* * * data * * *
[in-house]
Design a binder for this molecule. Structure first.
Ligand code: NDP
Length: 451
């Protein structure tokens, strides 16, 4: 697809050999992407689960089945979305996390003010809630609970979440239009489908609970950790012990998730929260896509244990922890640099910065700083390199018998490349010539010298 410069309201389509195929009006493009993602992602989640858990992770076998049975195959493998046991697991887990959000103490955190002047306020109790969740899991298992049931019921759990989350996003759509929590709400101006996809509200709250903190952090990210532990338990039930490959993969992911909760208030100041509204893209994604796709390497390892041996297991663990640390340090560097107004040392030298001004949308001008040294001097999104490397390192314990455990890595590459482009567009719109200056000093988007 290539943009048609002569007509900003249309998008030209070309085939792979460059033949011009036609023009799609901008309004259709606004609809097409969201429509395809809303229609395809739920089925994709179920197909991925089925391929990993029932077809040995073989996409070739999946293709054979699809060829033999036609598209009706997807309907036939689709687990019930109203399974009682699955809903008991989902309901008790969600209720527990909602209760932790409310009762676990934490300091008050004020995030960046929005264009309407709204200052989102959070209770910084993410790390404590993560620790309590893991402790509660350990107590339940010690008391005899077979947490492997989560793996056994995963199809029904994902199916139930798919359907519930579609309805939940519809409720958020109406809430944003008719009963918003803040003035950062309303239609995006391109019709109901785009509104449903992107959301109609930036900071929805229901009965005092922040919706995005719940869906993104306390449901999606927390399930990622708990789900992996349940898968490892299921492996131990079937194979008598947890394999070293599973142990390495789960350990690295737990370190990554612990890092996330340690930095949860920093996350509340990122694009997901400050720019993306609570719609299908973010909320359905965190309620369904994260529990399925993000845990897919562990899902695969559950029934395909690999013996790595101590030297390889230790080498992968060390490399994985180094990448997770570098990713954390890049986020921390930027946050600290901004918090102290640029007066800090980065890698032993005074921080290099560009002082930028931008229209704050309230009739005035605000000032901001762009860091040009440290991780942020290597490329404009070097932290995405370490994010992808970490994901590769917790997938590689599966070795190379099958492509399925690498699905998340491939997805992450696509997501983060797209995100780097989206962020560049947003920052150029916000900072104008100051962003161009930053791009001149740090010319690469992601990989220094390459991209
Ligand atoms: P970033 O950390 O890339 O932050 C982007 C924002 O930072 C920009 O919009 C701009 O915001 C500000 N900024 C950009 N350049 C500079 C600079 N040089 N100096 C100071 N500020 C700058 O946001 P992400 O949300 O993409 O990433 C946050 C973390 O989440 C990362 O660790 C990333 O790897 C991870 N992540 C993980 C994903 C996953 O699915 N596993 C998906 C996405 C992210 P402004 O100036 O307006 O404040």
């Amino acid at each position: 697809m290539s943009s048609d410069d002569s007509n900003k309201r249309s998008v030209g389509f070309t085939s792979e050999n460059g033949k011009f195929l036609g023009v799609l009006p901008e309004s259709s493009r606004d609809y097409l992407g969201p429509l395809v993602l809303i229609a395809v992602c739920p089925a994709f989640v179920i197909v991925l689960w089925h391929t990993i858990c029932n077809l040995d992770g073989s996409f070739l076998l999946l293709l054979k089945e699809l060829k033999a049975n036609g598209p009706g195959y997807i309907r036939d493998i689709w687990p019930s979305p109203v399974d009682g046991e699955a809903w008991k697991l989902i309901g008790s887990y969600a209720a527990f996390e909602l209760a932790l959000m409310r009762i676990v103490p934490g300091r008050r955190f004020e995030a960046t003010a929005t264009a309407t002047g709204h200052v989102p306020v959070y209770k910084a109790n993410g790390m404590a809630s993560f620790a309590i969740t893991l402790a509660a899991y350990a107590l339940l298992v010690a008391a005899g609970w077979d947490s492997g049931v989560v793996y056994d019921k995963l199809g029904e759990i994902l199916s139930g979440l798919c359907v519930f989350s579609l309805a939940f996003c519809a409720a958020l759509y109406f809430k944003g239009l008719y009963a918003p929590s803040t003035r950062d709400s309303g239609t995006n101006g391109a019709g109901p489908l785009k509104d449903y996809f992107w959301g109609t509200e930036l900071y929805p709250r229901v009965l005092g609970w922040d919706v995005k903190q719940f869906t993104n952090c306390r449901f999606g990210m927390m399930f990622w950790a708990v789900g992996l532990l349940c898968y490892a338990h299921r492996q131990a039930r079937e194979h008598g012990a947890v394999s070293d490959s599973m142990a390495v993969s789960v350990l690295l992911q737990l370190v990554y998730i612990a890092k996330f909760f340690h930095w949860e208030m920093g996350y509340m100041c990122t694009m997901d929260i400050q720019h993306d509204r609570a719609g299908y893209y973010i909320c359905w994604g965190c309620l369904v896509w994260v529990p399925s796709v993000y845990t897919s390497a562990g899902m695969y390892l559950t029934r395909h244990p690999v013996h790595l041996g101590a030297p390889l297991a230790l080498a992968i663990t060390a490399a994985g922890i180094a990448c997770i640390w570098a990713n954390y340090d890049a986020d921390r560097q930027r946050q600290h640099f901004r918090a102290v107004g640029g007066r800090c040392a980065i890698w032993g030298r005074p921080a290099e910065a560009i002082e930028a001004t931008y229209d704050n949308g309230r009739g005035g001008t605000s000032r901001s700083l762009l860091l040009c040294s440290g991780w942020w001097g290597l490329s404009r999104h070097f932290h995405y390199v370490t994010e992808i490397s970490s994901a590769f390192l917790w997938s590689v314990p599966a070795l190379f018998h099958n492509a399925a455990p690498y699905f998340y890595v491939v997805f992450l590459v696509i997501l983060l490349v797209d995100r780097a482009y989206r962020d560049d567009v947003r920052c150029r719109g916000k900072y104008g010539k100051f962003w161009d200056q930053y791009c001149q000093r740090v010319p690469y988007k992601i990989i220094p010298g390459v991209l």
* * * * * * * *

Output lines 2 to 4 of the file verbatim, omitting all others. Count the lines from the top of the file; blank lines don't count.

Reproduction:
Design a binder for this molecule. Structure first.
Ligand code: NDP
Length: 451